In DepthAstronomy

Galactic flash points to source of enigmatic fast radio bursts

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Science  12 Jun 2020:
Vol. 368, Issue 6496, pp. 1171-1172
DOI: 10.1126/science.368.6496.1171

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Summary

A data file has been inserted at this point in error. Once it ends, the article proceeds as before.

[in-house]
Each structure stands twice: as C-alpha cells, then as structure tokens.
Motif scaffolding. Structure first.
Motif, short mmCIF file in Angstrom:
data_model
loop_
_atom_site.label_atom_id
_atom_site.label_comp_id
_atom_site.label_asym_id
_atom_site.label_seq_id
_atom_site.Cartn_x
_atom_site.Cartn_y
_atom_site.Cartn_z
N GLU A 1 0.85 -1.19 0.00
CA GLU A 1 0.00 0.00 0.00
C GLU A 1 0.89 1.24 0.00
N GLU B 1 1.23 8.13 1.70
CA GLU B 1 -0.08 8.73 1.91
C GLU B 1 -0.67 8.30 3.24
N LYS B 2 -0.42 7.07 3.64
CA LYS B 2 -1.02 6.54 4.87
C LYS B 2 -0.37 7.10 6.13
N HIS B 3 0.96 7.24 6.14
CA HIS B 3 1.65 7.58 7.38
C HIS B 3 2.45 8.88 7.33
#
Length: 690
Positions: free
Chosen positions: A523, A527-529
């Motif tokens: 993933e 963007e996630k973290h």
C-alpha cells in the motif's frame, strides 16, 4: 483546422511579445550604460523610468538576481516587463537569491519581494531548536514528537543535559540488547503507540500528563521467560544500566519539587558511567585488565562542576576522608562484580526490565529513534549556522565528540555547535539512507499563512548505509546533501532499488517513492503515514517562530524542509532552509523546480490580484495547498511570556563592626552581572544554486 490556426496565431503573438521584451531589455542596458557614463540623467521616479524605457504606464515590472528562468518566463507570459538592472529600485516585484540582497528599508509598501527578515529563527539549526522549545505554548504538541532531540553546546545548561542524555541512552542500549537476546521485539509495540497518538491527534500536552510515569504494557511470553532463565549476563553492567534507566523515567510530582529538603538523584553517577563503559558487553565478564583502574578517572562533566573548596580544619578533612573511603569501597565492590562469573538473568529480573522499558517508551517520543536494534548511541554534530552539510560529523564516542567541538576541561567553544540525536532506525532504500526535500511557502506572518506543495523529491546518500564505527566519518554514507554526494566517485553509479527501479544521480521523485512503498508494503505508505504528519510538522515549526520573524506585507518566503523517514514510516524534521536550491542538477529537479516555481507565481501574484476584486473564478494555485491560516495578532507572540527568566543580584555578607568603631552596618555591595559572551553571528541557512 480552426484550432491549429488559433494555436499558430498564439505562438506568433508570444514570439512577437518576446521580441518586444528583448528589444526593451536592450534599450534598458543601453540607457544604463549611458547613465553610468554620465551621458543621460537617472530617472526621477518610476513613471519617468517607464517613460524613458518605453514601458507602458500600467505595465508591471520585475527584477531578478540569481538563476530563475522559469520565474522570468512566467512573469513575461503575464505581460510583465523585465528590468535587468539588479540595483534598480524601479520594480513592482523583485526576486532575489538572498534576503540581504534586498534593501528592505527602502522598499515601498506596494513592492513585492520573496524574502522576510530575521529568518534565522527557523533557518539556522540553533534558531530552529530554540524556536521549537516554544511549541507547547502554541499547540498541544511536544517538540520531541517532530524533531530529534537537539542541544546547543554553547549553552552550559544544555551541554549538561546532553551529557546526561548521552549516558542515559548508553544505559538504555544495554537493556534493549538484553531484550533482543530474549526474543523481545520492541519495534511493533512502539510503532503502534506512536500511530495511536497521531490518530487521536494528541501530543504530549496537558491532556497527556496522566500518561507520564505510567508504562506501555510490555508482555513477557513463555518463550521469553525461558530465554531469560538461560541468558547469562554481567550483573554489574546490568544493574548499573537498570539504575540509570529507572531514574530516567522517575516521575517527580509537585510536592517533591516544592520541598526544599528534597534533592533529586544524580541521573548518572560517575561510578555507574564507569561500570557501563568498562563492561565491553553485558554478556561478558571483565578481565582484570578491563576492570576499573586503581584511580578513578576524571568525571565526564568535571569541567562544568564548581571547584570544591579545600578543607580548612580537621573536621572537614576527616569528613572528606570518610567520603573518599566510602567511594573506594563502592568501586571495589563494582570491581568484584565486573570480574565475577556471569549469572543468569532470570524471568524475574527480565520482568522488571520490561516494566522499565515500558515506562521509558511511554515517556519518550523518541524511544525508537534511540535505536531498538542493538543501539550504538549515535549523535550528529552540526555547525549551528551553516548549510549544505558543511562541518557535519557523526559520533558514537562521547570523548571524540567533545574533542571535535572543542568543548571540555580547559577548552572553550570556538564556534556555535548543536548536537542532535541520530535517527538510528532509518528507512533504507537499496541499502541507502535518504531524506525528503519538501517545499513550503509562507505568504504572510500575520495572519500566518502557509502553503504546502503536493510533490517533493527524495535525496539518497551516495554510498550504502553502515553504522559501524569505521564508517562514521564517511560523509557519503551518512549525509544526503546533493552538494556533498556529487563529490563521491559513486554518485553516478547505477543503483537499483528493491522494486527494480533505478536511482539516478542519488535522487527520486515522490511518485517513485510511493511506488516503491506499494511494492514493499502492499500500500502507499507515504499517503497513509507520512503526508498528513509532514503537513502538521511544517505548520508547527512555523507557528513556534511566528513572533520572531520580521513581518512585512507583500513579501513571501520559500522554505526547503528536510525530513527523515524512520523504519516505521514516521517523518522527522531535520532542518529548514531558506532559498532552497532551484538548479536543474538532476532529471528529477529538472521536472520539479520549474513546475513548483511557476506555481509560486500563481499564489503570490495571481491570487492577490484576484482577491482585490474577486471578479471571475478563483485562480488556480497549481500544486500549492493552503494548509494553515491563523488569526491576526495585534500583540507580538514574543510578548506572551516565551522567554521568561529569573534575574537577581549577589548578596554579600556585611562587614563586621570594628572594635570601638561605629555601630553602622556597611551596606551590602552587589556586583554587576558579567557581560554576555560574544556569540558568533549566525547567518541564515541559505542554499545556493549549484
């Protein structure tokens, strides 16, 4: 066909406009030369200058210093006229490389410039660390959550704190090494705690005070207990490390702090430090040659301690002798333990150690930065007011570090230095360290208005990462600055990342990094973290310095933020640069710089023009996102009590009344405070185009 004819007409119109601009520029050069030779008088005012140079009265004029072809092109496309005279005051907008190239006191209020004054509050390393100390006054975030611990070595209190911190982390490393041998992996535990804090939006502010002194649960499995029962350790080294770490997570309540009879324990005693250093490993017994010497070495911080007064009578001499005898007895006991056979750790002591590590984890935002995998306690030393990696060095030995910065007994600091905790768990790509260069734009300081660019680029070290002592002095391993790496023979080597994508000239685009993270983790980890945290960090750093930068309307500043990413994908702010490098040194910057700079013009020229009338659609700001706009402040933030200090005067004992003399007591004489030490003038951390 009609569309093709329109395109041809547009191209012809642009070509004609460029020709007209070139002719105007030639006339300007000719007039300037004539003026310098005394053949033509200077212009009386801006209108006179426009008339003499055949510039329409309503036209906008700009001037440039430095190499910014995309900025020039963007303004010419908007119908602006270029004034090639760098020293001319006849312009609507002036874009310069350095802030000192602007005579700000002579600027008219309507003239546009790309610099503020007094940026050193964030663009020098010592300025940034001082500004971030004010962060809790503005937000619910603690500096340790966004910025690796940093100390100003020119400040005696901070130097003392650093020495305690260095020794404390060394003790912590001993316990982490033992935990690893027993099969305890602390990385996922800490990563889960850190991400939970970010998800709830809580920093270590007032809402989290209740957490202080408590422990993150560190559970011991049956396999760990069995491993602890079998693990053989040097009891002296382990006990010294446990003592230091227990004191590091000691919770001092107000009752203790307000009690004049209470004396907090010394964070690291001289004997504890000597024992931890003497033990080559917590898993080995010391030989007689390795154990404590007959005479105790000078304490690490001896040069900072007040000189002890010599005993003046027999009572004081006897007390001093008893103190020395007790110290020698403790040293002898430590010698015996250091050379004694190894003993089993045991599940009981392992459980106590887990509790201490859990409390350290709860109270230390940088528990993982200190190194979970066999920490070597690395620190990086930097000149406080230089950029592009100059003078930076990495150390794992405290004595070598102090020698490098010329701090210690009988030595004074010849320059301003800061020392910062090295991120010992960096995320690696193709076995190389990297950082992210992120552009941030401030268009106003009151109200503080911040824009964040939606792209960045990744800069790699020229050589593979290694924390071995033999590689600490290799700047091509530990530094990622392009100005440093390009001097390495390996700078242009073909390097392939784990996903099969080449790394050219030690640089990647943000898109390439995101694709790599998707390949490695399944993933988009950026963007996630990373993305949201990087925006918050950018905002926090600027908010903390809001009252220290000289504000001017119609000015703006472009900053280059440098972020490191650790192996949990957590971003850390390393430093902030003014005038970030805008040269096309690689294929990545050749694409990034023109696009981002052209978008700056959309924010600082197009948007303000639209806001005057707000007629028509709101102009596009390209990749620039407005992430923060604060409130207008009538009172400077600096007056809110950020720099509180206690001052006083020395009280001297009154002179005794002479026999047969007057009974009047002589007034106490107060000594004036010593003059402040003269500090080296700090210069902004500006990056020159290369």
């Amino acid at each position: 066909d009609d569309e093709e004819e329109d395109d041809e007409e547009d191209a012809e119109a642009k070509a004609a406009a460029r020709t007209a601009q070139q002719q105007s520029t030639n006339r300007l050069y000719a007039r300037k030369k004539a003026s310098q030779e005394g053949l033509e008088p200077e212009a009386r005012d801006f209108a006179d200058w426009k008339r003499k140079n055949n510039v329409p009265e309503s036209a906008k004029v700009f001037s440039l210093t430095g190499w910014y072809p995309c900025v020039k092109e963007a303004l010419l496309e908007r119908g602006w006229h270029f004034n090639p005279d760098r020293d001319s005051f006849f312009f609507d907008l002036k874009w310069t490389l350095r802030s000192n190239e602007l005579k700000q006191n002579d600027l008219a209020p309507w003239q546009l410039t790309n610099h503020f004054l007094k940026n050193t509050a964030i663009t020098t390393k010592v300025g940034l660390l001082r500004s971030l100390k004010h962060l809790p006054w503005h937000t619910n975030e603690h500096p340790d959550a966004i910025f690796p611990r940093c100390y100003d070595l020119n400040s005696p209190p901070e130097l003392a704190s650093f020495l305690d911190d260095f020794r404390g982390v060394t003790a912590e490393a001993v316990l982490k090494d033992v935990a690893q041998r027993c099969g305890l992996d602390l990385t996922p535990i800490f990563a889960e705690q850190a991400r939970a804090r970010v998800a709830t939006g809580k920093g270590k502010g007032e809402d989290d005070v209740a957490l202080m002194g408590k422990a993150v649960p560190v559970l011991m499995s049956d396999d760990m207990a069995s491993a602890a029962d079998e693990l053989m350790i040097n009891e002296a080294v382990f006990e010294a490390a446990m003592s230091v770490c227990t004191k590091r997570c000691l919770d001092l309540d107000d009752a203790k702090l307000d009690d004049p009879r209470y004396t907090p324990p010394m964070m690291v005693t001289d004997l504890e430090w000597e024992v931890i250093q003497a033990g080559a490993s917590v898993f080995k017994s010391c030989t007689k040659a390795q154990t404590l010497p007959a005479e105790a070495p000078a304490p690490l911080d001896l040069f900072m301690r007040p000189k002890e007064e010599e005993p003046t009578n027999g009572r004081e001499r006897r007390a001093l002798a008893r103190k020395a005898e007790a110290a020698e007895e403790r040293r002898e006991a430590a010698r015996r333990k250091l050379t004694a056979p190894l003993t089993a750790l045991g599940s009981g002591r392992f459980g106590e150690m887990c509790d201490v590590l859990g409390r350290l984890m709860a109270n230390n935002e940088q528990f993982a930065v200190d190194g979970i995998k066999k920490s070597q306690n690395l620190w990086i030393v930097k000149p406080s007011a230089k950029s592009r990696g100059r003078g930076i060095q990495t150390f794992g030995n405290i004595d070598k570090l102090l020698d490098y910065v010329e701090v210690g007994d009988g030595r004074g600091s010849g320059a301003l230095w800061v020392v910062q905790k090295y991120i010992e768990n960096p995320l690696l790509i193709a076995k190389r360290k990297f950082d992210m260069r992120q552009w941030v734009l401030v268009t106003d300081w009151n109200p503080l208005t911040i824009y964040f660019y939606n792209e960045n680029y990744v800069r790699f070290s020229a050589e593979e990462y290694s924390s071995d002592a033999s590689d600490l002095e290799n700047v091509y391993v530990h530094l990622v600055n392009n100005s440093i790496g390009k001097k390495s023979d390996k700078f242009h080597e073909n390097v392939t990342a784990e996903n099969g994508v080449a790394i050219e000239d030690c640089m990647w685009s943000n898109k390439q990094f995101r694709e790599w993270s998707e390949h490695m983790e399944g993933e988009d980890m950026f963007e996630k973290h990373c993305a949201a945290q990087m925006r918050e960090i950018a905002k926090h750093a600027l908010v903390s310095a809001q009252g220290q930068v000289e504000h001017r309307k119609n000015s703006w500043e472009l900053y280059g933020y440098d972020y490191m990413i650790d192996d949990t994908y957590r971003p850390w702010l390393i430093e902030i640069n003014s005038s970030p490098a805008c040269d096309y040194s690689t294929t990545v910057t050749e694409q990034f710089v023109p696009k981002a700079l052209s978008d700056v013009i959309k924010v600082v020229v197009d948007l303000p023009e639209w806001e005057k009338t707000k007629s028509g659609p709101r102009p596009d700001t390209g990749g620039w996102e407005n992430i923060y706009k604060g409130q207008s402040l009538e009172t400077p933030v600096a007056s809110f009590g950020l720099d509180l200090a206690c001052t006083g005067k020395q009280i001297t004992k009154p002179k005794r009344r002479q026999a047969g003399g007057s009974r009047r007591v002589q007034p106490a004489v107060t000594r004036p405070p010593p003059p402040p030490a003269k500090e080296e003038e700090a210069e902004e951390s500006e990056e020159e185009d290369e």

On 28 April, a radio telescope known as the Canadian Hydrogen Intensity Mapping Experiment (CHIME) detected an enormously bright radio flash known as a fast radio burst (FRB). Because of its brightness, the CHIME team knew it had to come from somewhere close. All other FRBs seen so far have erupted in distant galaxies—too far and too fast to figure out what produced them. After some extra data processing, the team determined the burst had come from a known magnetar—a neutron star with a powerful magnetic field—in the Milky Way. The find could be the missing link in a problem that has puzzled astronomers for more than a decade: What is the source of these laserlike radio flashes?

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